We gave up our freedom through the ACA, and yet this continues. It's not about being billed, it's about being billed incorrectly and not having any control over the process. The UK has fully socialized health care, yet people are denied care or left to die waiting... sometimes, literally waiting in the ER.
Clearly, giving up more freedom isn't the answer.
I have two recommendations:
1. read your mail daily, in case, you know, you get bill reminders or court orders,
2. Don't trust anyone to pay your bills; verify that they were paid. It's still easier and quicker than using checks.
Goldberg was not a madam. Creepy? Yes.
I told you to keep taking your meds.
You don't understand enough about real estate, or finances in general, to make statements about mortgages or rent.
My mortgage is about $1,200 a month. Could I rent my 2,300 sq ft home for that? Perhaps, but unlikely. And the landlord could kick me out once my lease expired. And he gets to say what I do with the property. And he owns any improvements free and clear, unless we make written agreements.
Besides appreciation, as you pay your mortgage you gain equity. Equity is the difference between the property's value and your loan balance. Even if it doesn't go up in value at all, you "own" that equity. When you rent a property for 10 years and move, you get nothing (except perhaps a little interest on your deposit). When you sell your home, you get back your equity.
Should people not be buying extravagant homes and calling them an "investment"? Indeed, they're a liability, considering the money you have to put into them all the time. But sweeping statements, like "rent is cheaper", doesn't show the whole picture. Right now, rents are still pretty high, so those who can find a way to make deals on property are winning.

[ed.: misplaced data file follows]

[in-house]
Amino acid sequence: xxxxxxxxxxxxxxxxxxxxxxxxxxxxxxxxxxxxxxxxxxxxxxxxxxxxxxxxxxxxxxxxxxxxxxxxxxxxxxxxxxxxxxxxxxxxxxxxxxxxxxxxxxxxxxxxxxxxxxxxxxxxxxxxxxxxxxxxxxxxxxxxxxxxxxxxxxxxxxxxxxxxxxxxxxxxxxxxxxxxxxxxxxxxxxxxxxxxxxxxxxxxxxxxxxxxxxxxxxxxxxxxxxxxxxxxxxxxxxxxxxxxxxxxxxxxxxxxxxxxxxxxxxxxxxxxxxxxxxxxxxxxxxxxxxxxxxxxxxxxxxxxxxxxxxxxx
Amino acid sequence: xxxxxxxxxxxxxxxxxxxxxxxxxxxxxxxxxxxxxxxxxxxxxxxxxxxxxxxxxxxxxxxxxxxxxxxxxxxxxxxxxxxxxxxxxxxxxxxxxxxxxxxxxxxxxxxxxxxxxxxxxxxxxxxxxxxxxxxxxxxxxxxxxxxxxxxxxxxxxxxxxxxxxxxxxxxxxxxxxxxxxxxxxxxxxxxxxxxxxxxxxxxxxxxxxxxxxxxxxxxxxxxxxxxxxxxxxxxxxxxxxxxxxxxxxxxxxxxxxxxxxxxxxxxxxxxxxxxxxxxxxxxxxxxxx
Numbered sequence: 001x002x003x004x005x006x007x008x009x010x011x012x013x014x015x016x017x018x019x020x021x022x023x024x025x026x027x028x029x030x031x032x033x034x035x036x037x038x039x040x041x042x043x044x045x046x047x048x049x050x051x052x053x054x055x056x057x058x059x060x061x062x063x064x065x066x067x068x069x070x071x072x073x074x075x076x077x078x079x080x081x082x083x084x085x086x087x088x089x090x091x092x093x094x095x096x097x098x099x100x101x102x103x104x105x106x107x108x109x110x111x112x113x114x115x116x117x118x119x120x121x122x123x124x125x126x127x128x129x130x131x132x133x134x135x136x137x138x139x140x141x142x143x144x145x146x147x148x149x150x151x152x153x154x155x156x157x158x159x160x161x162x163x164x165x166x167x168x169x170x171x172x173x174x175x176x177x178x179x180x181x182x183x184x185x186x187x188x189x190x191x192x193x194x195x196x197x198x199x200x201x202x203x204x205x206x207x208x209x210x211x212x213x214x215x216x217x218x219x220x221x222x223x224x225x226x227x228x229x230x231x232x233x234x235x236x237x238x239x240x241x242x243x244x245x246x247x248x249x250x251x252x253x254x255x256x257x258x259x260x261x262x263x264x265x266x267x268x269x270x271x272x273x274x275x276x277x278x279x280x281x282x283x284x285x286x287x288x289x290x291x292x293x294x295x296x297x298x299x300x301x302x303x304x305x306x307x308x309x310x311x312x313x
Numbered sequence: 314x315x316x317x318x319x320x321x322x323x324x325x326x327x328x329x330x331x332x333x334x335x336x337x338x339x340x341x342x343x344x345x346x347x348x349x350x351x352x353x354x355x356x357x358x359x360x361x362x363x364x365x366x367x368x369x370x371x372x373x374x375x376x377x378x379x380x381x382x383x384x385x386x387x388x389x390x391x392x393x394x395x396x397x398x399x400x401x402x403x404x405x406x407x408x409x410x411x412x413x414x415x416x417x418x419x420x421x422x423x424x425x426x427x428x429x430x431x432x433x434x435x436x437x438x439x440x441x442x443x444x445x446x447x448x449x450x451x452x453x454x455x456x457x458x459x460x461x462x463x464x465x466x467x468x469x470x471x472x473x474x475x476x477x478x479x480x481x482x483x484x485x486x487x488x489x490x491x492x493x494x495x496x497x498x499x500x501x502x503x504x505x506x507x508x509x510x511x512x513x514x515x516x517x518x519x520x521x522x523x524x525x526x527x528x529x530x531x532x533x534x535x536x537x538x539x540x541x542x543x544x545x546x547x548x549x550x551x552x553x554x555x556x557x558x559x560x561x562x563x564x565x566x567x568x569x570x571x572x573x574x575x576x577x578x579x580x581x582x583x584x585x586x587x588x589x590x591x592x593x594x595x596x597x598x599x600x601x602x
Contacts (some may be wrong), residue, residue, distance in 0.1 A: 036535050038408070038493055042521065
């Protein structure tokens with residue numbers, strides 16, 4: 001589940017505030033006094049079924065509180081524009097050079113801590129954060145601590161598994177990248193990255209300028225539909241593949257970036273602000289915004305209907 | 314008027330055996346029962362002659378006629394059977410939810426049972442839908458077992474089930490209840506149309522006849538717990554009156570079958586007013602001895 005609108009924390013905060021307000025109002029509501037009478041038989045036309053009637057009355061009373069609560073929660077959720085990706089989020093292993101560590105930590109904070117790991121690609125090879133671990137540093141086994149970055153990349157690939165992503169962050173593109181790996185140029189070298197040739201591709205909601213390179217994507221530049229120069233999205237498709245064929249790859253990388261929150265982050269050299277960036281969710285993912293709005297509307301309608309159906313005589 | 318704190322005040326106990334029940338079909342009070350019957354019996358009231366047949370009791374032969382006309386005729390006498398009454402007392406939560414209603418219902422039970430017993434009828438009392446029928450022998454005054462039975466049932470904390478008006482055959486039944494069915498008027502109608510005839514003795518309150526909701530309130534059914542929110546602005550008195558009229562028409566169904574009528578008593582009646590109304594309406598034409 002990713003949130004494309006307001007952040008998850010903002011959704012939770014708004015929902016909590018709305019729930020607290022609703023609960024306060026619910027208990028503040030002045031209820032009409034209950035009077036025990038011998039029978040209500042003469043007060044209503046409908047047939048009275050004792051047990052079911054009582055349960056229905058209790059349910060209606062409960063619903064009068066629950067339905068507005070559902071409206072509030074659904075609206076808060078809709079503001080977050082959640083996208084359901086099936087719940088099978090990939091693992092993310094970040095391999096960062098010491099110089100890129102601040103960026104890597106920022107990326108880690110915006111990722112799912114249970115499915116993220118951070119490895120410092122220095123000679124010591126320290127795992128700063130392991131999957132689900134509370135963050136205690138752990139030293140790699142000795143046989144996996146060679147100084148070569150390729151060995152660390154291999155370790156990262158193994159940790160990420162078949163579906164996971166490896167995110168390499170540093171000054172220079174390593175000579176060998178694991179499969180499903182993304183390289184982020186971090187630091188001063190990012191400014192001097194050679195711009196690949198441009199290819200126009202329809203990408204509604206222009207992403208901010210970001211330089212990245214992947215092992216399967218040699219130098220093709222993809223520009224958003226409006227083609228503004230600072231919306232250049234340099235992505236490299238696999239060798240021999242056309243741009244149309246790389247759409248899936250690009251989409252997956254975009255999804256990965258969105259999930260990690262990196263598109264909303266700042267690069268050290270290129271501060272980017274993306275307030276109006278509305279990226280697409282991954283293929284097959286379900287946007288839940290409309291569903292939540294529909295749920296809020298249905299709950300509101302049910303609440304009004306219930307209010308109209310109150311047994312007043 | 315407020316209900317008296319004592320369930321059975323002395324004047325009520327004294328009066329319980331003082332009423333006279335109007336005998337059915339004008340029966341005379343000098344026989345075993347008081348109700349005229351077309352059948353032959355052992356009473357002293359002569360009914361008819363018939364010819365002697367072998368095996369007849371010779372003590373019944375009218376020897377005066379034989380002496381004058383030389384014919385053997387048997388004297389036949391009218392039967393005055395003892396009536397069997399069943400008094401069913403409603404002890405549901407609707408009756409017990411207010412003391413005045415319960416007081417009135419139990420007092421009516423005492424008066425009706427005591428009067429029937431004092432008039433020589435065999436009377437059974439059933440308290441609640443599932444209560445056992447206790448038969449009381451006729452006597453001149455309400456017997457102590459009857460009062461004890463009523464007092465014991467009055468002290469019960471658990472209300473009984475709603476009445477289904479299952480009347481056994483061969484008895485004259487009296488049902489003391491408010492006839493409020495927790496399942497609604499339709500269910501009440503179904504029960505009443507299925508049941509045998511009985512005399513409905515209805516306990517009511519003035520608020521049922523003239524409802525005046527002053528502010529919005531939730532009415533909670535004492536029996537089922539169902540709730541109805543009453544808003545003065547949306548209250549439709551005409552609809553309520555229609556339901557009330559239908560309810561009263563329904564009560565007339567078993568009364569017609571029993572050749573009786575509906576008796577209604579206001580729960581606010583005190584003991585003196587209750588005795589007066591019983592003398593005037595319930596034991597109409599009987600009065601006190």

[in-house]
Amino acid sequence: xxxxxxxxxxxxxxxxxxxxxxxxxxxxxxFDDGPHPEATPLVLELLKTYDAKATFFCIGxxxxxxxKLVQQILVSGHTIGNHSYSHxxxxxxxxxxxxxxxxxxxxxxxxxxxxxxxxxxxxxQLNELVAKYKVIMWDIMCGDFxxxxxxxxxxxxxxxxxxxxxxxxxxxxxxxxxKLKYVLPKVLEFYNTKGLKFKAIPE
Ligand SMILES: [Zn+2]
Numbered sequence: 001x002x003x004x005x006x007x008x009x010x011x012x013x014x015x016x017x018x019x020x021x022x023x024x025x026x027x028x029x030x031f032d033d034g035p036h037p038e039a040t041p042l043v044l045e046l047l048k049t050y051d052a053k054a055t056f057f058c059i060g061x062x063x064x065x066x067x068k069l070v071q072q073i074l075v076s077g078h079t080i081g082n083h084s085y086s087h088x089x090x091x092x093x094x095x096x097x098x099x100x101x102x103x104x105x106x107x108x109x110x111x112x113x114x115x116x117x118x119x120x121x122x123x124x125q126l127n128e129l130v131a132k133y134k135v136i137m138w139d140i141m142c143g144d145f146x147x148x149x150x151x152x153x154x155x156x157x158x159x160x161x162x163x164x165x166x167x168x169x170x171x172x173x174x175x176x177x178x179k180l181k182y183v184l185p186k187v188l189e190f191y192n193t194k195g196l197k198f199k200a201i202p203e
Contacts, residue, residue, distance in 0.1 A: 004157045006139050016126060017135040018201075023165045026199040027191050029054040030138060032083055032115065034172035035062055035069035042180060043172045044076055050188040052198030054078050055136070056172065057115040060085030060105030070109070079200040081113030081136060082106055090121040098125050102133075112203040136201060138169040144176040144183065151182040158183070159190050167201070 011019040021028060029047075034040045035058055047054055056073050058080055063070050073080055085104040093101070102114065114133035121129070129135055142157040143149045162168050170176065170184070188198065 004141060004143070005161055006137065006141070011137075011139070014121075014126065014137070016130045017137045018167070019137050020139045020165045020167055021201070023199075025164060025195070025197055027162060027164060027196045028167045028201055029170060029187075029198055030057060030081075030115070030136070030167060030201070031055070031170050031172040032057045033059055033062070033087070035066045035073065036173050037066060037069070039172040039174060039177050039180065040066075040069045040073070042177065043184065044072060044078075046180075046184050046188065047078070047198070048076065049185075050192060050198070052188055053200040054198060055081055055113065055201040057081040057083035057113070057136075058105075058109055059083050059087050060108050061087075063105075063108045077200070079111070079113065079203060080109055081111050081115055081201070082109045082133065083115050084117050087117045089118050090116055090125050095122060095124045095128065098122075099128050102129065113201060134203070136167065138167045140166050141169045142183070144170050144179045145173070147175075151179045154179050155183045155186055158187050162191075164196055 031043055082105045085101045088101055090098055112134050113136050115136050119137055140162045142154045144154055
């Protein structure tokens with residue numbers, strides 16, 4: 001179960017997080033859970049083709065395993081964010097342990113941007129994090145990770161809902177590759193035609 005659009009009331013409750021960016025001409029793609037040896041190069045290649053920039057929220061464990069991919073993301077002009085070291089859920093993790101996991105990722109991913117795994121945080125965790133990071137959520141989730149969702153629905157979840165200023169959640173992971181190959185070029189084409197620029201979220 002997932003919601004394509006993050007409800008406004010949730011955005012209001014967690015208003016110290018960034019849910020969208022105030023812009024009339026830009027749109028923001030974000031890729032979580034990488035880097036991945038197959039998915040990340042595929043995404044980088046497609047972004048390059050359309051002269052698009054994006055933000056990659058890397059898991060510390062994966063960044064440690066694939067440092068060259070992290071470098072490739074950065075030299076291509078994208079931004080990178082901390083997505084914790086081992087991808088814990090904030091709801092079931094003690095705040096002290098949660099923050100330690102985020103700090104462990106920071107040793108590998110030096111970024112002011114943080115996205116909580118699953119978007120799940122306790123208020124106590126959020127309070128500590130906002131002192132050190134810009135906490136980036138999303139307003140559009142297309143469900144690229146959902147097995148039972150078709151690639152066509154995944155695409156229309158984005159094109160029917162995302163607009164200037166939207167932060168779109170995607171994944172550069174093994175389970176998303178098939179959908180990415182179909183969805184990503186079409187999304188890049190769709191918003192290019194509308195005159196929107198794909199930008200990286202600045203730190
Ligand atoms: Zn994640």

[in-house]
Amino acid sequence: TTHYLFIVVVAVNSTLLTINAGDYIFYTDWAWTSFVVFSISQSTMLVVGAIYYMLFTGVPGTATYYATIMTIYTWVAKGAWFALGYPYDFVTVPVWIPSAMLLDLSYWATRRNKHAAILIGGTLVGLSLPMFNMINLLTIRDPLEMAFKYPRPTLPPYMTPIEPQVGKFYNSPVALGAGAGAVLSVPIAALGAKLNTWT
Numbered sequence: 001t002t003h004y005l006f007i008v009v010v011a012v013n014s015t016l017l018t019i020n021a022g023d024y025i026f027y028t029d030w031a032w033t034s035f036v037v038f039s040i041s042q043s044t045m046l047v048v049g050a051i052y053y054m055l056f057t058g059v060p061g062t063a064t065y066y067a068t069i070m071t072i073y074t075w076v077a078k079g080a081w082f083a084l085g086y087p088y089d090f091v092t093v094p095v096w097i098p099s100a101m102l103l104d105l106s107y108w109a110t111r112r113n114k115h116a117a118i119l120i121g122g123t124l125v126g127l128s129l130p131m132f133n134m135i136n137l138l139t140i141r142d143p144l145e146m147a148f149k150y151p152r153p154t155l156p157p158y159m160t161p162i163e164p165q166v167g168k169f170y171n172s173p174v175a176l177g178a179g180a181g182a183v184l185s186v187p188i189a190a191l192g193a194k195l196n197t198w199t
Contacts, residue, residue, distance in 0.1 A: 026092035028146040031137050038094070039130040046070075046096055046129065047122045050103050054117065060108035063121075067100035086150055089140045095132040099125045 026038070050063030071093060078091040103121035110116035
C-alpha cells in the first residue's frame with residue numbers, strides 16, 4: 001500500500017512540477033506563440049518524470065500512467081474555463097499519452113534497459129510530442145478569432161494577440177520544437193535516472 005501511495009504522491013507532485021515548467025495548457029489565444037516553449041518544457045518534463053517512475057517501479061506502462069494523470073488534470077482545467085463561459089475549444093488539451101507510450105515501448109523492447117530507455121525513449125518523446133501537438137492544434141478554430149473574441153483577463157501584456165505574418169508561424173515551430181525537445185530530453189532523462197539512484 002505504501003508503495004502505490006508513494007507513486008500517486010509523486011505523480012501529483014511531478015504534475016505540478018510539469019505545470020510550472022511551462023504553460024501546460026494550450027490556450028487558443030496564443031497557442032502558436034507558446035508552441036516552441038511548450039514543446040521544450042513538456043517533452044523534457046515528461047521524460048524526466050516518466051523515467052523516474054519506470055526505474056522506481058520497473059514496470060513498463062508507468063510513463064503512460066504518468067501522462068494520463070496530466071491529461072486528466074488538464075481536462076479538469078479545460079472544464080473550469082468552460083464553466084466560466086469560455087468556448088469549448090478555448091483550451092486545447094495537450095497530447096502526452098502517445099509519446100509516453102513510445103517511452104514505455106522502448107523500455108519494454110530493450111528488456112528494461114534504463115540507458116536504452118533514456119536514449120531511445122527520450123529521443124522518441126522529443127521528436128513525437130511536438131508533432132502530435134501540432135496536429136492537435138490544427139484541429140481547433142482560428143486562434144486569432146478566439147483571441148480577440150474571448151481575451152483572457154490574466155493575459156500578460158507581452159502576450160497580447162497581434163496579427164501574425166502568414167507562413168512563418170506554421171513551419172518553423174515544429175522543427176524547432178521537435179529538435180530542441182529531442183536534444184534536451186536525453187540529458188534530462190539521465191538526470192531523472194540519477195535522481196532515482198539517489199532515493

Anyone who believed that equality of opportunity meant equality of results is the fool. Just because you were fooled doesn't mean you get to have the government steal from others in order to give you equal results.
We have a half-black, half white man who grew up poor, and had his father walk out on him, and was basically raised by his grandparents-- become President of the United States. Yet this same man (and a Caucasian woman who also grew up poor yet became a US Senator) tells you that you can't make it: you need government to do it for you. Well, apparently the way to succeed if you're poor is to tell everyone they can't do it without government intervention, then get them to vote you into public office.
Stop making excuses.
My first Windows system had all 32 bit drivers, so, don't forget to close the gate when you leave so the unicorn doesn't get out.
Really, you only had trouble if you were using either very low-end, parallel-port attached stuff, or high-end proprietary cards. Everything else-- SCSI devices, PnP cards, and mainstream non-PnP cards-- were supported at launch or within a year. You might have to log onto a BBS to get the driver (since web support sites were still a little primitive), but most people shouldn't have been running anything in real mode. Sometimes the driver was even included in Windows, but if it loaded in autoexec.bat it would prevent the Windows one from loading. All you had to do was comment it out.